Betsy (Marybeth Lovain) Wakeley, 69, passed peacefully with her angels Tuesday, Oct. 22, per her wishes in her home in Leavenworth, with her daughter, Aly, and husband, Doug, at her side.

Betsy (Marybeth Lovain) Wakeley, 69, passed peacefully with her angels Tuesday, Oct. 22, per her wishes in her home in Leavenworth, with her daughter, Aly, and husband, Doug, at her side.
Betsy, daughter of Bertil and Lorraine Lovain was born on Jan. 4, 1950, in Bradford, Pennsylvania. Her father was a pastor and they moved several times during her childhood. While in Bradford, she and her siblings were all exposed to polio at a friend’s birthday party, which she contracted. After a lengthy hospitalization, which required the use of an iron lung, she was sent alone on a train from Pennsylvania to Iowa to live with her grandmother Hazel. 
Eventually, the family moved to Cloquet, Minnesota where she spent most of her childhood. Her mother saved money to buy land on Sand Lake where they built a small cabin. Once her parents passed, it was decided to replace the cabin with a new lake house, which is now enjoyed by all siblings, their children, and their grandchildren. She spent her summers at the lake cabin sailing, skiing and floating on the lake, getting a suntan. Per her request, her ashes will be scattered at Sand Lake.
Betsy and Doug first met upon his return from his two tours in Vietnam, in her father’s church in Wausa, Nebraska, where they would eventually get married. On Sept. 25, 1971, Betsy Lovain and Douglas Wakeley were married in a ceremony performed by her father. They honeymooned at Fort Campbell, Kentucky.  
Betsy was a night nurse at the rest home in Wausa. Later when they moved back from Stuttgart, Germany to Fort Leavenworth, she started her government career. Six years later they returned to Munich, she was hired by the 66th MI Brigade. She started as an admin assistant and then worked for the Counter Intelligence section. Later she took the position as the Commander’s secretary. She held a top-level clearance to prepare the European section of the presidential daily security brief. When the family decided to move back to the U.S. she was offered a position in the White House National Security section but declined it.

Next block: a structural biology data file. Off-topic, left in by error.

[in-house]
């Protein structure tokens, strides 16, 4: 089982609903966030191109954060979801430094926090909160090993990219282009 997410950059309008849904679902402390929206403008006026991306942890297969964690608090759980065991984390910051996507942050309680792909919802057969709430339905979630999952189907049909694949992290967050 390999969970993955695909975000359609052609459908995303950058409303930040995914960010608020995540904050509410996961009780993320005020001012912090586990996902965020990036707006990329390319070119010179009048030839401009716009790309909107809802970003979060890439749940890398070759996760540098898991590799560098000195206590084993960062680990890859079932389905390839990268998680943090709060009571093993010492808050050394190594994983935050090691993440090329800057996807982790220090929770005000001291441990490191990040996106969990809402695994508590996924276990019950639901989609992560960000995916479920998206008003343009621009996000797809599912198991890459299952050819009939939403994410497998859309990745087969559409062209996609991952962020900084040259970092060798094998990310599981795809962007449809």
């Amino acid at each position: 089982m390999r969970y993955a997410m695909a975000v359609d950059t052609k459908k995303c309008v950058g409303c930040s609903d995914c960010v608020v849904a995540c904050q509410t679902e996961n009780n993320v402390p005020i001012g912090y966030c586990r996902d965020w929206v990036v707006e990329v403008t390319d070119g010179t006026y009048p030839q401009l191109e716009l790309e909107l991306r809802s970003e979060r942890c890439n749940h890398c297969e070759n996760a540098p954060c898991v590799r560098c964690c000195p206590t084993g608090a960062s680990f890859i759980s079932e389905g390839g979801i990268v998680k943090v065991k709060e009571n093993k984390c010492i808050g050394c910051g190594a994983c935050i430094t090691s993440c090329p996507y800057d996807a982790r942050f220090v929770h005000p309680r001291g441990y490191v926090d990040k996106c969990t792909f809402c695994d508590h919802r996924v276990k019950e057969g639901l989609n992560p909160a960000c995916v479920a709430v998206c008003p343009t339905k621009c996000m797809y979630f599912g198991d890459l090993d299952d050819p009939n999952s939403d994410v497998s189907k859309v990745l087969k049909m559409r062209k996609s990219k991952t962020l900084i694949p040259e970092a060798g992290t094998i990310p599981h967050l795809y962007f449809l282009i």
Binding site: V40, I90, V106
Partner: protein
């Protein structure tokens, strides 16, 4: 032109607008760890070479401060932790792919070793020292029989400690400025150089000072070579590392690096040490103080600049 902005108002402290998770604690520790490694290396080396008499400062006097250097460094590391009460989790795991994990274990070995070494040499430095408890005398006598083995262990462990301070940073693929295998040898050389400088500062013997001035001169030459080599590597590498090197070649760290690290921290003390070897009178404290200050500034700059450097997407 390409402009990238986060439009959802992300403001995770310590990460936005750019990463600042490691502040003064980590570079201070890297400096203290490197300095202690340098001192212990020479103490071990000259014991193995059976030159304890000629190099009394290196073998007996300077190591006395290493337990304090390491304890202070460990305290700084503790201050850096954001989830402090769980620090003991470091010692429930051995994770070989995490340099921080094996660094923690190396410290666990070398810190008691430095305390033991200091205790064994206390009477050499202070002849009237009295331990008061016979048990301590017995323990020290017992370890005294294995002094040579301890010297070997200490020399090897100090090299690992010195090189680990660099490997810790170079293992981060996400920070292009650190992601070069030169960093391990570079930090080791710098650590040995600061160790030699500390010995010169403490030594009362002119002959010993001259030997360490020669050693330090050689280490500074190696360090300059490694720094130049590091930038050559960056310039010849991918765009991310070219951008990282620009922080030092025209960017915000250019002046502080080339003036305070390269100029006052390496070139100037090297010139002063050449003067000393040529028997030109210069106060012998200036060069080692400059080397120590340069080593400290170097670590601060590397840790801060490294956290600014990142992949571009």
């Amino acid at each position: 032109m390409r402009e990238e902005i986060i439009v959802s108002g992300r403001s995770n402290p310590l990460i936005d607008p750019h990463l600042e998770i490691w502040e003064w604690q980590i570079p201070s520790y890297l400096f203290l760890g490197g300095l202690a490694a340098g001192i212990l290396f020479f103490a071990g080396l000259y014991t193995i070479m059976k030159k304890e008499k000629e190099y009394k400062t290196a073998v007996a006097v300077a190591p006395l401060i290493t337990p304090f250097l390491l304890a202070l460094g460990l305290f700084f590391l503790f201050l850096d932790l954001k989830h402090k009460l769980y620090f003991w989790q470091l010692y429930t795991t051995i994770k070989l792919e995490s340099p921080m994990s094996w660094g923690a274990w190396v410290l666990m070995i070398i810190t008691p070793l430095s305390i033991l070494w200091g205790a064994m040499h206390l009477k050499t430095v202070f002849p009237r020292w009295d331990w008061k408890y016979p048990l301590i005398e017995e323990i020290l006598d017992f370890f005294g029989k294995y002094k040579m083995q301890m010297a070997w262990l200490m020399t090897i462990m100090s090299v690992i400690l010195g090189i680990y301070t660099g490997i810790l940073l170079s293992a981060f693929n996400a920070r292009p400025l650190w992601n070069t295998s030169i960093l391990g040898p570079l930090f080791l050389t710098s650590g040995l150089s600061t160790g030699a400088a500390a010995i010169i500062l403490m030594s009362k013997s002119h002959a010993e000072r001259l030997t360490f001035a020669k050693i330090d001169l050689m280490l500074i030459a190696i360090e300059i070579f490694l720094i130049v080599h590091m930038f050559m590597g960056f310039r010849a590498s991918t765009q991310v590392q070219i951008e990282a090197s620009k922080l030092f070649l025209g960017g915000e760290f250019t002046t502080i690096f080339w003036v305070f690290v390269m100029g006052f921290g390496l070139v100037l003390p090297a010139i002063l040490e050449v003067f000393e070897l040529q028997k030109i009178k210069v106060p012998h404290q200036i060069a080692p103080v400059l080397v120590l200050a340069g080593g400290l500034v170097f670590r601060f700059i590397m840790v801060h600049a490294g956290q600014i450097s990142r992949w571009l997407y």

Once she returned to Fort Leavenworth, she worked at Army Research Institute as the business manager where she did all the operational duties until she retired on March 1, 2015.
Betsy’s passion to help others led her to teaching exercise ball and yoga at the Council on Aging, at no charge for 18 years, twice a week. She purchased all the equipment and storage carts. Her motto was to “give of what you can and don’t expect any recognition”.
Betsy is survived by her husband, Doug, and two daughters, Chantel (Hans) Carriker, Wichita, Kansas, grandchildren, Corbin and Carlie, Alyssa (Bryan) Hethcoat, Olathe, Kansas, grandchildren, Kaleb and Klara, her siblings, RuthAnne (Bill) Werner, Chicago, Illinois, Deborah (Don) Gustafson, Moose Lake, Minnesota and Timothy (Beth) Lovain, Alexandria, Virginia. Betsy was the youngest of the four children. 
The family is holding a memorial to celebrate her life in Leavenworth at Island Spice restaurant, 325 Delaware, on Nov 3, 2–6 p.m. Instead of flowers, Betsy requested donations to Meals On Wheels at the Council On Aging: 913-684-0777. Mail a check to Leavenworth Council on Aging, 1830 Broadway Street, Leavenworth KS 66048. Payable to “LV Co COA” and a memo “Meals on Wheels”.